Dell completes buyout as smelly laptop problem lingers

Michael Dell and Silver Lake Partners have successfully completed their buyout of the company, but are having to deal with an unusually pungent technical issue affecting some Dell Latitude notebooks

Dell CEO Michael Dell and investment firm Silver Lake Partners have formally completed their $24.9bn (£15.5bn) acquisition of Dell, taking the firm private.

Following the completion of the transaction, trading in Dell’s common stock concluded at the end of business on 29 October 2013, at which point the firm began the process of delisting its shares from the NASDAQ stock market.

Under the terms of the merger agreement, Dell stockholders will receive $13.75 in cash for each share of Dell common stock they hold, plus payment of a special cash dividend of $0.13 per share to stockholders of record as of the close of business on 28 October 2013, for total consideration of $13.88 per share in cash.

“Today, Dell enters an exciting new chapter as a private enterprise,” said Dell. “Our 110,000 team members worldwide are 100% focused on our customers and aggressively executing our long-term strategy for their benefit.”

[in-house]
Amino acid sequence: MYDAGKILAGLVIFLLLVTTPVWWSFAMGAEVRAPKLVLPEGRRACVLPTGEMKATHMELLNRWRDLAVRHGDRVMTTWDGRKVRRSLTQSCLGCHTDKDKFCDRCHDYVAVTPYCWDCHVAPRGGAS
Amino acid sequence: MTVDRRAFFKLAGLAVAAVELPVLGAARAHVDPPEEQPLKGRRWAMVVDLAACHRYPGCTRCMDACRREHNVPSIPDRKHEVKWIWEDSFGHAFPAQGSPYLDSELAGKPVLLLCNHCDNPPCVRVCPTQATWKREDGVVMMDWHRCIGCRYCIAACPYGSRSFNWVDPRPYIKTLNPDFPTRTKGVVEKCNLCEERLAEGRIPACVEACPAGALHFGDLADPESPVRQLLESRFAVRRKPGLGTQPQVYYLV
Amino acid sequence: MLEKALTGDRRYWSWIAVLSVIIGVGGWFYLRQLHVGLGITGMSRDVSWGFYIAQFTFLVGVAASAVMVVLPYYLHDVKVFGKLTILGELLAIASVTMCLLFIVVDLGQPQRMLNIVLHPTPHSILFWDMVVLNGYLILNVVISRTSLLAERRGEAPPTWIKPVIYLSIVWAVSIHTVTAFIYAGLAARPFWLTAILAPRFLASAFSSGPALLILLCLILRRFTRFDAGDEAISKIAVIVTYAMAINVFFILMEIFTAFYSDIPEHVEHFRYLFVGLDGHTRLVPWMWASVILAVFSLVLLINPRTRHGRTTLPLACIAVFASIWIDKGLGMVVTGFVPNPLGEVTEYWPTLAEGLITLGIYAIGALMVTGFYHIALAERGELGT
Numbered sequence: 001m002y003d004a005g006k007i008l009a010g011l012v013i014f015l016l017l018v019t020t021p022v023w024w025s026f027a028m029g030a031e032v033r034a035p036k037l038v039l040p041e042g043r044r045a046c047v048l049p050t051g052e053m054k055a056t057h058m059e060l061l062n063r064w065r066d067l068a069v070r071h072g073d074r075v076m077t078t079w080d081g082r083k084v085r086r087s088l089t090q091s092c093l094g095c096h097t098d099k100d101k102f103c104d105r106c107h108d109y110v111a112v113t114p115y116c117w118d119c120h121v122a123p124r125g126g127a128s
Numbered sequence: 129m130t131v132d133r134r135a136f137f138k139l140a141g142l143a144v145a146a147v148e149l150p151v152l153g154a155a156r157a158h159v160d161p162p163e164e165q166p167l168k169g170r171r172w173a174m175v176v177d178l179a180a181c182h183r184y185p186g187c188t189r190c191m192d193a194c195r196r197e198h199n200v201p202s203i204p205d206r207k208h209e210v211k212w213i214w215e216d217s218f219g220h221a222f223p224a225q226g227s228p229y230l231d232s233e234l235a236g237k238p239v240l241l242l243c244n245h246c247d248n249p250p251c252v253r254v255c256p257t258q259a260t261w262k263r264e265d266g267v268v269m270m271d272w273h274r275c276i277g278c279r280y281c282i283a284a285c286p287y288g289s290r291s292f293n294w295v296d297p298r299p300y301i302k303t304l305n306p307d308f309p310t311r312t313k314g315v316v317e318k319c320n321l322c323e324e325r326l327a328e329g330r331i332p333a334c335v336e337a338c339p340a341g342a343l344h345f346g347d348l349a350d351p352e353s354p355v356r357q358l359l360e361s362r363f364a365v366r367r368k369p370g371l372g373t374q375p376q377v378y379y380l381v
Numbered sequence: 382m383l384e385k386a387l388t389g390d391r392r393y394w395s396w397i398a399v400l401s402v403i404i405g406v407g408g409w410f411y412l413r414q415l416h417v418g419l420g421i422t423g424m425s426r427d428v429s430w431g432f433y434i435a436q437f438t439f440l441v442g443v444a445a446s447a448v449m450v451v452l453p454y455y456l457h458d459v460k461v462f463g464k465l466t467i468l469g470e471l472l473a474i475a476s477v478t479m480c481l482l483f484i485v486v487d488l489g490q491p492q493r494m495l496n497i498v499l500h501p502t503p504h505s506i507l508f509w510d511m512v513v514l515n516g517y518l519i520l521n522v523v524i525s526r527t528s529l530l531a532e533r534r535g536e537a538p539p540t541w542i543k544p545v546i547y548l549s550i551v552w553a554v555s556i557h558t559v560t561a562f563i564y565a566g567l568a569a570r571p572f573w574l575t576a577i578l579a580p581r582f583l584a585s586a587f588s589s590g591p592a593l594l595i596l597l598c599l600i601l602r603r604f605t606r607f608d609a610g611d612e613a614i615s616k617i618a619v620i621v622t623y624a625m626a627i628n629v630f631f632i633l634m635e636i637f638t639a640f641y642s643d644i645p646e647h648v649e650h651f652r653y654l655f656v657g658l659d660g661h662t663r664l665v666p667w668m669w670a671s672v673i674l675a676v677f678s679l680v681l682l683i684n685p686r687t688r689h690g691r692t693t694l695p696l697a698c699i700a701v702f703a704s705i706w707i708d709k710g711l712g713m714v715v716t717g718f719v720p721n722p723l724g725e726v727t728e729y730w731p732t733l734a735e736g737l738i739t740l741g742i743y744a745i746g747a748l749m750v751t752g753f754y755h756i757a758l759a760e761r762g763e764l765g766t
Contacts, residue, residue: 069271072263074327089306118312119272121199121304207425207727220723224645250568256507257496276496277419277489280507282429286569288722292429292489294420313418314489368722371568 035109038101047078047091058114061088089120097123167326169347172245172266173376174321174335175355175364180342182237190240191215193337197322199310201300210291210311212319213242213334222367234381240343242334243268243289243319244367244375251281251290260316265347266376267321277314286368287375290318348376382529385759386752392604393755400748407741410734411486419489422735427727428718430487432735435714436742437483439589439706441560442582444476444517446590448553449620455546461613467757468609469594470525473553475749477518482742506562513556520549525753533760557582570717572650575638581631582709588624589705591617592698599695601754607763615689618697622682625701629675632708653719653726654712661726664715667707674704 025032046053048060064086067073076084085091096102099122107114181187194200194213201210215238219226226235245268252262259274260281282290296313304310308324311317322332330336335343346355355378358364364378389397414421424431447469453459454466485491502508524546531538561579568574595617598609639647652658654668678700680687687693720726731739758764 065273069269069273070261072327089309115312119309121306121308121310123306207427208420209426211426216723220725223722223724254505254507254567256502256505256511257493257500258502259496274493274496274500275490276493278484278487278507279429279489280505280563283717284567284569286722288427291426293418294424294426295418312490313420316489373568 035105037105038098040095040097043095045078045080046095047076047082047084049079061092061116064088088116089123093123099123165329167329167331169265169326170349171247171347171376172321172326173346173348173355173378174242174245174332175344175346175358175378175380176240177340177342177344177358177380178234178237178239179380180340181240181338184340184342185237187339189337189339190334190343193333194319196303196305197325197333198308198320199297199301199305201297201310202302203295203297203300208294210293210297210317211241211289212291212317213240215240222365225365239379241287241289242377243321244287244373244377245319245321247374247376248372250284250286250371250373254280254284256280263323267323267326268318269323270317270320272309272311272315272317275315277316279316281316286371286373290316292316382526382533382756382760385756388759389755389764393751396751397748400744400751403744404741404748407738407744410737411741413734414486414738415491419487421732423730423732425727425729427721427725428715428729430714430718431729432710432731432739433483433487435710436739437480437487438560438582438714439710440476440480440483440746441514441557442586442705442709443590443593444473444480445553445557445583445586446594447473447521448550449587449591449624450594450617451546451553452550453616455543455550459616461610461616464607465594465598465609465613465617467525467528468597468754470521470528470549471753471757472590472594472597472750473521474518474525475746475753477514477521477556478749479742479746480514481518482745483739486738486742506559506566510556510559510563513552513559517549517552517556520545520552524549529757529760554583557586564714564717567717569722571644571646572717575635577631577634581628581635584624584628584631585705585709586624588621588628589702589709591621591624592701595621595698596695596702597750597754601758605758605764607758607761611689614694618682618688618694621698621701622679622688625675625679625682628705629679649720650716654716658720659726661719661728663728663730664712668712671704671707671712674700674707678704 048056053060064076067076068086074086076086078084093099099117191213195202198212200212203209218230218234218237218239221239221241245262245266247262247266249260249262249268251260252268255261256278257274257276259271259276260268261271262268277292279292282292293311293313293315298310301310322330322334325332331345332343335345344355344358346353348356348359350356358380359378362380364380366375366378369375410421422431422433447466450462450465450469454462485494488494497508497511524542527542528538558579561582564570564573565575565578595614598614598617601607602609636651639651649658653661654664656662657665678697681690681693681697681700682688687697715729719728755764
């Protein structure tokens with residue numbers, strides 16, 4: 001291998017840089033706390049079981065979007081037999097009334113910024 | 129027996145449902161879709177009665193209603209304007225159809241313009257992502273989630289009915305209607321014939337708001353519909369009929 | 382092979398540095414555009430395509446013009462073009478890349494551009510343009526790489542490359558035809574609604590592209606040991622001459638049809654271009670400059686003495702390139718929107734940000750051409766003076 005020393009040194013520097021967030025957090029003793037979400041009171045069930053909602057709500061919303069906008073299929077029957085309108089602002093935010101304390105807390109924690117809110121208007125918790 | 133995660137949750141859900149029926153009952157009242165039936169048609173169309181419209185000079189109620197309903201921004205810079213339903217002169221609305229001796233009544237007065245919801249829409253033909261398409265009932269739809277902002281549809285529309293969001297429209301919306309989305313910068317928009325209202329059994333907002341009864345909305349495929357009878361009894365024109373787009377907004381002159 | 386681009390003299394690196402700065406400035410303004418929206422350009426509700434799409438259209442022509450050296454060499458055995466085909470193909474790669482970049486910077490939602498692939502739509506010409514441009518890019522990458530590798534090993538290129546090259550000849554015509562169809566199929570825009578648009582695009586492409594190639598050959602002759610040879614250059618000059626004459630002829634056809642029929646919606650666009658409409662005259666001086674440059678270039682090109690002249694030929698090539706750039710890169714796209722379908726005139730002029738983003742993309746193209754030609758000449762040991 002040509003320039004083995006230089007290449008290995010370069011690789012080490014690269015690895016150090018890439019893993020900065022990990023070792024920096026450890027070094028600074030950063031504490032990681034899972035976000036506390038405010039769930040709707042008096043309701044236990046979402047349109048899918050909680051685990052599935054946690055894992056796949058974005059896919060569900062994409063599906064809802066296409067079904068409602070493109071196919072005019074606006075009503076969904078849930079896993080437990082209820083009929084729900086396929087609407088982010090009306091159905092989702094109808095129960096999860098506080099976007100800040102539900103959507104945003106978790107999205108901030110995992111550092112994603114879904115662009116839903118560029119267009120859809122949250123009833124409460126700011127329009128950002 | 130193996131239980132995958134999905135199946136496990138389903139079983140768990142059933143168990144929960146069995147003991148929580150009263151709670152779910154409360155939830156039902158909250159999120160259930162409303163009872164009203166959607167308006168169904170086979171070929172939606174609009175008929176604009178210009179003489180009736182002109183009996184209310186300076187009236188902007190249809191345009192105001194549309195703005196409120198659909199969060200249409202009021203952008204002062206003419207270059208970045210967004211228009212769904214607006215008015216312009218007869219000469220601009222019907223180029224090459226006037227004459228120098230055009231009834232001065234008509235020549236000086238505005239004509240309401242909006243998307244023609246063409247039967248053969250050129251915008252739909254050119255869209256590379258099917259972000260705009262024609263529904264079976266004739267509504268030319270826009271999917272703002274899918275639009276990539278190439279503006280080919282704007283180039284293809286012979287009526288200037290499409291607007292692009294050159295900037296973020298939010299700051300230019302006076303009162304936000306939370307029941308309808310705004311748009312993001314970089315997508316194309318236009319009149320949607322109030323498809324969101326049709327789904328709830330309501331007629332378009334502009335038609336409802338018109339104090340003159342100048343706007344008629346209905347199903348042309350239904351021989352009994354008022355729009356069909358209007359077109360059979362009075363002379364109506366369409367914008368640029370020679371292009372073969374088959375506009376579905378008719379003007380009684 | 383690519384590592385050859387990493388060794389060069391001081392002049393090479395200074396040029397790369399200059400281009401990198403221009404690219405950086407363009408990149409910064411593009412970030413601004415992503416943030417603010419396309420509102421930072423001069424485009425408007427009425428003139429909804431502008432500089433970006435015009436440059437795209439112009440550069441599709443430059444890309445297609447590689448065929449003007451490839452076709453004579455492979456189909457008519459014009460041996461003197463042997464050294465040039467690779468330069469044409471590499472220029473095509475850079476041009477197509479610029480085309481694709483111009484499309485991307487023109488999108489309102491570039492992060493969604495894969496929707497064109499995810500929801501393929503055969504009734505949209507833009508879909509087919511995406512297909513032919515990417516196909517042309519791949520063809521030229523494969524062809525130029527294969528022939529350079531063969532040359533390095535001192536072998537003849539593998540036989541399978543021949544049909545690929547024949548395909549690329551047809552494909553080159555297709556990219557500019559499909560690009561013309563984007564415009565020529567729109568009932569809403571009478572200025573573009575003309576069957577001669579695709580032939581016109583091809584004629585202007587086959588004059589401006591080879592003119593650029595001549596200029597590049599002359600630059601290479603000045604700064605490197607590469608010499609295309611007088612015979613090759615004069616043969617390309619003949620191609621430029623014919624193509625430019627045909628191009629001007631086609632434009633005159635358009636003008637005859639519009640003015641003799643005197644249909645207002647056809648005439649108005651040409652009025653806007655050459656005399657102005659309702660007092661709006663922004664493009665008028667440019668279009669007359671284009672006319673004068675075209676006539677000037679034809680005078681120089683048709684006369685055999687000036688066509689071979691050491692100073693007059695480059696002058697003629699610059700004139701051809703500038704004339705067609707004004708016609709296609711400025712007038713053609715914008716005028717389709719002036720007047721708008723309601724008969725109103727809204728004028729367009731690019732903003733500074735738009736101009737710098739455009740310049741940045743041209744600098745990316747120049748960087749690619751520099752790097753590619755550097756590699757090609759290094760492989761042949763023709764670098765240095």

However, Dell’s final victory in its long-running battle to go private has been overshadowed by reports that users of its Latitude 6430u ultrabook PCs have been claiming that their devices smell of cat urine.

A number of Dell customers had claimed that their computers smelled as if they had been in close proximity to a cat’s litter tray, with others reporting that the offensive odour appeared to be coming from the machine’s keyboard.

According to Dell’s Support Forums, the problem – which the company insists was not feline-related or a health hazard in any way – was traced to a “a manufacturing process which has now been changed.”

The Guardian reported Dell had apparently been concerned that the number of Latitude 6430u ultrabooks being returned for examination might disrupt availability in the supply chain.

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